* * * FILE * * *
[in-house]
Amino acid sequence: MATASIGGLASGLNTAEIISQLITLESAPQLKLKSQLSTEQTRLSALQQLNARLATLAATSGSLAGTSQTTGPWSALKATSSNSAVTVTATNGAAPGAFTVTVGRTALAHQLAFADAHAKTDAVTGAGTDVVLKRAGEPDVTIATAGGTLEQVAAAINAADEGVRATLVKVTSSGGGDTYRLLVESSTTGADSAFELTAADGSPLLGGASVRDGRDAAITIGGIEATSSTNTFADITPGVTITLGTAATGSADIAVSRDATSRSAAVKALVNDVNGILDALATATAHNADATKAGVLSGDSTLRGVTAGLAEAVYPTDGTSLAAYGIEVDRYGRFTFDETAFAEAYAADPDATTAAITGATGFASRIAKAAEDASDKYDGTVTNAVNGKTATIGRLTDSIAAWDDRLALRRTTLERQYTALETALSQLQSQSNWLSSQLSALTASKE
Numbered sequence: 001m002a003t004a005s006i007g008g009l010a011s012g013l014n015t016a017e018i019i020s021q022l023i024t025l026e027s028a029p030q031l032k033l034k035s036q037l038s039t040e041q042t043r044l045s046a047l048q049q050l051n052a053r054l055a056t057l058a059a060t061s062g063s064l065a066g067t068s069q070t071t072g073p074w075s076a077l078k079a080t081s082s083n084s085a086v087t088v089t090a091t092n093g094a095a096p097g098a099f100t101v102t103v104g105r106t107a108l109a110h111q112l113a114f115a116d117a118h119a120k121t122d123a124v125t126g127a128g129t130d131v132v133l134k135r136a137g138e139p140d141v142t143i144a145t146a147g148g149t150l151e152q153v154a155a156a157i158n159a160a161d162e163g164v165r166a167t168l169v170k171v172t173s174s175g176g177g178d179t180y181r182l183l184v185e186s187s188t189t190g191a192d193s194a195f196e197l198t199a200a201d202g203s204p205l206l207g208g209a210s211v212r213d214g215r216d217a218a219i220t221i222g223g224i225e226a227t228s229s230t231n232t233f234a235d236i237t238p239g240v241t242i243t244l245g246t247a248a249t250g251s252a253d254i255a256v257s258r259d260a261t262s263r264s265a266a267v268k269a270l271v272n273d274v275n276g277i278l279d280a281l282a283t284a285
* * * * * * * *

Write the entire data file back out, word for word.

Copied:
[in-house]
Amino acid sequence: MATASIGGLASGLNTAEIISQLITLESAPQLKLKSQLSTEQTRLSALQQLNARLATLAATSGSLAGTSQTTGPWSALKATSSNSAVTVTATNGAAPGAFTVTVGRTALAHQLAFADAHAKTDAVTGAGTDVVLKRAGEPDVTIATAGGTLEQVAAAINAADEGVRATLVKVTSSGGGDTYRLLVESSTTGADSAFELTAADGSPLLGGASVRDGRDAAITIGGIEATSSTNTFADITPGVTITLGTAATGSADIAVSRDATSRSAAVKALVNDVNGILDALATATAHNADATKAGVLSGDSTLRGVTAGLAEAVYPTDGTSLAAYGIEVDRYGRFTFDETAFAEAYAADPDATTAAITGATGFASRIAKAAEDASDKYDGTVTNAVNGKTATIGRLTDSIAAWDDRLALRRTTLERQYTALETALSQLQSQSNWLSSQLSALTASKE
Numbered sequence: 001m002a003t004a005s006i007g008g009l010a011s012g013l014n015t016a017e018i019i020s021q022l023i024t025l026e027s028a029p030q031l032k033l034k035s036q037l038s039t040e041q042t043r044l045s046a047l048q049q050l051n052a053r054l055a056t057l058a059a060t061s062g063s064l065a066g067t068s069q070t071t072g073p074w075s076a077l078k079a080t081s082s083n084s085a086v087t088v089t090a091t092n093g094a095a096p097g098a099f100t101v102t103v104g105r106t107a108l109a110h111q112l113a114f115a116d117a118h119a120k121t122d123a124v125t126g127a128g129t130d131v132v133l134k135r136a137g138e139p140d141v142t143i144a145t146a147g148g149t150l151e152q153v154a155a156a157i158n159a160a161d162e163g164v165r166a167t168l169v170k171v172t173s174s175g176g177g178d179t180y181r182l183l184v185e186s187s188t189t190g191a192d193s194a195f196e197l198t199a200a201d202g203s204p205l206l207g208g209a210s211v212r213d214g215r216d217a218a219i220t221i222g223g224i225e226a227t228s229s230t231n232t233f234a235d236i237t238p239g240v241t242i243t244l245g246t247a248a249t250g251s252a253d254i255a256v257s258r259d260a261t262s263r264s265a266a267v268k269a270l271v272n273d274v275n276g277i278l279d280a281l282a283t284a285